U.S Military Upgrades its C5ISR Capabilities


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The U.S. military faces a critical stage in establishing and maintaining its position as a world leader in the new technologically advanced environment of regional networking. Commanders and staff always are seeking the “next best” solution to attain supremacy over adversaries in the pivotal domains of command, control, communications, computers, combat systems, intelligence, surveillance and reconnaissance, or C5ISR.

According to afcea.org, some of that effort is shouldered by the Army’s Rapid Equipping Force (REF), which began seeking out and quickly supplying cutting-edge materiel solutions during the early days of the conflicts in Afghanistan and Iraq about 15 years ago. Although the vast amount of combat operations in those regions has waned, the REF remains relevant by providing the technological advances commanders need to maintain situational awareness on the battlefield and to rapidly maneuver their forces.

In spite of the many advances in technologies employed by today’s warfighters, gaps remain between tactical-edge leaders, military air platforms and tactical operations centers. Until recently, conventional units lacked a system that integrates communication systems to generate a single air and ground common operating picture. One emerging solution for this need is the Joint Expeditionary Integrated C5ISR (JEIC) kit, which provides both a complete line-of-sight package and a beyond-line-of-sight communications package for on-the-move and at-the-halt land, air and maritime applications.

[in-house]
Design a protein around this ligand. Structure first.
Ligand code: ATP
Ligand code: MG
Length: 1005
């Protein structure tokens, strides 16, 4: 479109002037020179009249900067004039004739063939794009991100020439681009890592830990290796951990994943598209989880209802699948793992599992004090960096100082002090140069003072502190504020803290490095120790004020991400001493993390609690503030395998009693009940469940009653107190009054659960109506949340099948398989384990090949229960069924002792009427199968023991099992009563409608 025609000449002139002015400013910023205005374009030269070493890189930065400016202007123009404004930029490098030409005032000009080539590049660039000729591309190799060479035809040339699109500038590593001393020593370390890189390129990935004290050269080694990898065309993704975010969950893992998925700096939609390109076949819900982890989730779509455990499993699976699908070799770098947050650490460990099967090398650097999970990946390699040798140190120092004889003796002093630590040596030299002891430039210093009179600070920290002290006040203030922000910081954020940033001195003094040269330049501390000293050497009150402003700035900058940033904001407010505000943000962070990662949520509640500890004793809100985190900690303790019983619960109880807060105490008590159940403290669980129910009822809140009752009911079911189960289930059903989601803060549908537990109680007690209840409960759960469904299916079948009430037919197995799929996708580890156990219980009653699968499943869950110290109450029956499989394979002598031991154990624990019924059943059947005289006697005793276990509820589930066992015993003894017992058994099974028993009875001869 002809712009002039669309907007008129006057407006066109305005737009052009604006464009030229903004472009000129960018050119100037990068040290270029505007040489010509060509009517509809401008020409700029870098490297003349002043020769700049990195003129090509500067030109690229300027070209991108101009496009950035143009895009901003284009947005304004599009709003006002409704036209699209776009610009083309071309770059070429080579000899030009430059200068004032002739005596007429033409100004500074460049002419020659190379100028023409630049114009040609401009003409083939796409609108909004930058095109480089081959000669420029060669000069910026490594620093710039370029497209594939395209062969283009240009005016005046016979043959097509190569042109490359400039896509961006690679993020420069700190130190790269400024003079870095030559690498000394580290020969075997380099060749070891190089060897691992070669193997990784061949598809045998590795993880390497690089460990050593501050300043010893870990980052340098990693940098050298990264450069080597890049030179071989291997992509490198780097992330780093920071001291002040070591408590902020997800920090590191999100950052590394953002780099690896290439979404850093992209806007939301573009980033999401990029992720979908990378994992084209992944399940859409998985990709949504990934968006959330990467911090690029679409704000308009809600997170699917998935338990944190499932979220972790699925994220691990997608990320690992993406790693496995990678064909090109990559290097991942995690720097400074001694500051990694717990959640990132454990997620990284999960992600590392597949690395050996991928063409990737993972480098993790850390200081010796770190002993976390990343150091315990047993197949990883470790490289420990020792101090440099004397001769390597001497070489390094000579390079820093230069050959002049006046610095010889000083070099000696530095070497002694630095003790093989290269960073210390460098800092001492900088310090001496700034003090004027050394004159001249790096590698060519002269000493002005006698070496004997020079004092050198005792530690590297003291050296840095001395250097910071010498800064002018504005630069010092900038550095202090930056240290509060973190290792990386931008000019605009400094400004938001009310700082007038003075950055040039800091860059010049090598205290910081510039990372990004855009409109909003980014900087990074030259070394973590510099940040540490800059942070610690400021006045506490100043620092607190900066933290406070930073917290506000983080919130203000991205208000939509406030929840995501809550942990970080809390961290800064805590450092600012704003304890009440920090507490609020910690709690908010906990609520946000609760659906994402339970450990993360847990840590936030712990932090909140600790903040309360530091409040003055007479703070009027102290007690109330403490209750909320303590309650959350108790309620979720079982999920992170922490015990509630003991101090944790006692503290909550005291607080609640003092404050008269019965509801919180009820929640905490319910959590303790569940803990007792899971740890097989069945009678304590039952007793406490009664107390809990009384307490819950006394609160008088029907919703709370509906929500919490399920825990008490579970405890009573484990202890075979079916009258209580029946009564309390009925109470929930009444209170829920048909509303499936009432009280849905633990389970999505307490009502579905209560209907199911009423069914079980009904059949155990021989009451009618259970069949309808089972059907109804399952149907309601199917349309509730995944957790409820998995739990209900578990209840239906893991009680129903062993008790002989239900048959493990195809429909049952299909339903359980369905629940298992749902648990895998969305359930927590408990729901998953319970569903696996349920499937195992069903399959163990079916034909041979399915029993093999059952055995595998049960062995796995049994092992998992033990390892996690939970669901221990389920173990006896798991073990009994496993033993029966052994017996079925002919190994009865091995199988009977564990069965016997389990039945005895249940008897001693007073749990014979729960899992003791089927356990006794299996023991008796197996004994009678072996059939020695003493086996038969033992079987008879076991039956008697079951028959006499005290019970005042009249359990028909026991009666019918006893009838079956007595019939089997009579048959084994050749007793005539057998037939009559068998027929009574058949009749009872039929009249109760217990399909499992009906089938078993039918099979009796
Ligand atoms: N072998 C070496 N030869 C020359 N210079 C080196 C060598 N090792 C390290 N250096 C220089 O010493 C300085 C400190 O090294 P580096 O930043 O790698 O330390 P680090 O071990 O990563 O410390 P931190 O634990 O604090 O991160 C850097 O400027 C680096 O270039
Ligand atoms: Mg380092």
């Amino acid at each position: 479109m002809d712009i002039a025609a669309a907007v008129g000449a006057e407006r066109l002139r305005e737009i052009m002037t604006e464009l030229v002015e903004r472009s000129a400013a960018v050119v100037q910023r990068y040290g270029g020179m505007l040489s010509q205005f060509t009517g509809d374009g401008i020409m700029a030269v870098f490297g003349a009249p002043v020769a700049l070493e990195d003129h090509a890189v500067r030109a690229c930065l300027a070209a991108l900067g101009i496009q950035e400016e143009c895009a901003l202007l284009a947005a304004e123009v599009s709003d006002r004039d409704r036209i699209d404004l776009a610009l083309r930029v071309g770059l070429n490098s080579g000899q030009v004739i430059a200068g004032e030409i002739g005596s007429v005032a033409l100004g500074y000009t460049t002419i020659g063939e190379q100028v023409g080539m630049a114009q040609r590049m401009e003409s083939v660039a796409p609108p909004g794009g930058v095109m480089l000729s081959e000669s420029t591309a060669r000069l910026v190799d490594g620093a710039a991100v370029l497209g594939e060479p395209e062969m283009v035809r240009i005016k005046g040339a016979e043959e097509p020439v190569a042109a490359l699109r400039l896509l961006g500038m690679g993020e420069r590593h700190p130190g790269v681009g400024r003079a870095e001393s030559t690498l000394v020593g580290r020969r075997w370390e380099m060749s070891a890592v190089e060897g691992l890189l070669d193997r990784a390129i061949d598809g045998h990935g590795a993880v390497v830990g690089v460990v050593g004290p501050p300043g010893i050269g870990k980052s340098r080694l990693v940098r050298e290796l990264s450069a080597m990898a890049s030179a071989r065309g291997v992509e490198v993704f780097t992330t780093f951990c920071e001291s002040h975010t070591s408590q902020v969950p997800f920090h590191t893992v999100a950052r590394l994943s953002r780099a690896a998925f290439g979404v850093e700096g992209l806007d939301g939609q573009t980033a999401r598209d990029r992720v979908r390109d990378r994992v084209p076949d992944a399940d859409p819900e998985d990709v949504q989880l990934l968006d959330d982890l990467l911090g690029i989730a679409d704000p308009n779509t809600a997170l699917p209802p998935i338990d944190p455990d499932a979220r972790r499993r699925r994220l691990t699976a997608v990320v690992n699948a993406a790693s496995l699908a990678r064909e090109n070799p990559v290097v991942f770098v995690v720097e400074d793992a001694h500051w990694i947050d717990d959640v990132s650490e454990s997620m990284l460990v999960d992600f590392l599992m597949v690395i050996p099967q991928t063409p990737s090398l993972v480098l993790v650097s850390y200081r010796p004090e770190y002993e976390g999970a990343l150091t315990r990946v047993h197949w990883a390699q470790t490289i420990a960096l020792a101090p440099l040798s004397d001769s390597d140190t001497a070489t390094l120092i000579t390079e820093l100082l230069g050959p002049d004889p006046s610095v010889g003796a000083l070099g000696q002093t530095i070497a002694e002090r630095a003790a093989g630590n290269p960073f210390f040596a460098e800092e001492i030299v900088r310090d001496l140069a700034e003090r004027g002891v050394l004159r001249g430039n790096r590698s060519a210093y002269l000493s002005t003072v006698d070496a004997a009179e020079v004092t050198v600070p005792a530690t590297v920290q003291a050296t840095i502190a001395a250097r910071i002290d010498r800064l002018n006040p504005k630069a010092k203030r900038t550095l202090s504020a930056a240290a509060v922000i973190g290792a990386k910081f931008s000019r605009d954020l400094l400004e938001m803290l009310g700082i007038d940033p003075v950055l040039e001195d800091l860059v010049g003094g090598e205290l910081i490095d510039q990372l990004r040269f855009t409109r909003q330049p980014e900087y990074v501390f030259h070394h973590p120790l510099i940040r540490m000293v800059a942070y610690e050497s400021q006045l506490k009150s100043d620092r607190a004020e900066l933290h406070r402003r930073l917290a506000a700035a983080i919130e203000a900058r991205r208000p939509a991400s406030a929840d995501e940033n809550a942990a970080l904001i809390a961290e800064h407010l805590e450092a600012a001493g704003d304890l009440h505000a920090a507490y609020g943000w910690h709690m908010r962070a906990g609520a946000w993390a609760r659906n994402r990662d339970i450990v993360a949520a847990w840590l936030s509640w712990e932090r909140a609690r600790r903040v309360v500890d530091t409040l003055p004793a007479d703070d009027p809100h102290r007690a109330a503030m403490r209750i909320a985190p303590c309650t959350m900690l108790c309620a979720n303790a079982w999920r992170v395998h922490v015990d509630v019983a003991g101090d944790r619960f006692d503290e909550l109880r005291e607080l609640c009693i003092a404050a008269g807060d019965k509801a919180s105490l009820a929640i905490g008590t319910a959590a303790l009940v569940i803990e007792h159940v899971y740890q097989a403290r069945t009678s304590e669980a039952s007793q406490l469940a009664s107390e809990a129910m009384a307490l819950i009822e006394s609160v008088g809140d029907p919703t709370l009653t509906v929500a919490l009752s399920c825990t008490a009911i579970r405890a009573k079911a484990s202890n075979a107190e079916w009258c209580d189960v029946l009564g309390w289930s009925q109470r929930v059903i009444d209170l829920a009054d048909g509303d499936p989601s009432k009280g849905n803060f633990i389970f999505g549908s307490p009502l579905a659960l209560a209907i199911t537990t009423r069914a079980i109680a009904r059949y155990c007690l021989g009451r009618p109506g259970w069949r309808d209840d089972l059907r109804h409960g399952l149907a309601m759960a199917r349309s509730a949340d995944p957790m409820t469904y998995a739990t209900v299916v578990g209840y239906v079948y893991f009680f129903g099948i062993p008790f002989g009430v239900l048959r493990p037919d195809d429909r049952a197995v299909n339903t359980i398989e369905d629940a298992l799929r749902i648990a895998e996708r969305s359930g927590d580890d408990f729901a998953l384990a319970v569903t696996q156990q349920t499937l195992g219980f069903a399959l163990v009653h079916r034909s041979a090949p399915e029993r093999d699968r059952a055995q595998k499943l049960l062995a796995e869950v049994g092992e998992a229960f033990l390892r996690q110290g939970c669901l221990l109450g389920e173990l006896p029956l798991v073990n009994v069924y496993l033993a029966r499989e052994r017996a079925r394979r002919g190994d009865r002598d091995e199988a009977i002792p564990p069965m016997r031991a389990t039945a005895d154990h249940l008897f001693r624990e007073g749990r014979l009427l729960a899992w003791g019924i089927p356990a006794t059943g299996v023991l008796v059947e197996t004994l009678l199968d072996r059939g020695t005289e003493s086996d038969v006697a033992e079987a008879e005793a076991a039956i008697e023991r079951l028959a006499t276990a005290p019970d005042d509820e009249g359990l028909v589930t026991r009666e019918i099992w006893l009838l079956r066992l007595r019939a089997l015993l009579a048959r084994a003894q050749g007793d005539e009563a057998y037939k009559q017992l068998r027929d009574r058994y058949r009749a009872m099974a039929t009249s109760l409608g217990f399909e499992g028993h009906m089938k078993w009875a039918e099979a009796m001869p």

The kit includes four major components, led by the move MOJO kit developed by digital communications company ViaSat. MOJO takes advantage of the fusion of technologies to integrate various waveforms and air and ground position location information (PLI) to form one common operating picture.

At the heart of MOJO is the Tactical Radio Application eXtension (TRAX) software developed by Sierra Nevada Corporation. The software routes and translates one datalink protocol to another and translates dissimilar waveforms to provide a singular robust communication network made up of multiple communication devices. TRAX effectively eliminates any proprietary interfaces and protocols, allowing commanders to receive a more sound common operating picture of their battlespace.

The third component of the JEIC kit is Ringtail Design’s Replay offering, which provides a common operating picture and allows operators to aggregate PLI and full-motion video. The Replay technology lets operators play, pause and rewind a single, interactive picture of the battlespace, which increases ISR visibility of fighter aircraft and ground forces to prevent fratricide. It delivers a “battlespace DVR” with multidimensional intelligence and data feeds and visual fusion of live operations that can include data from sensors, video and reports.

Additionally, the JEIC kit can access fourth-generation long-term evolution (4G LTE wireless), which provides situational awareness to the tactical edge using the robust cellular network and the Army’s Nett Warrior 4G-enabled end-user device.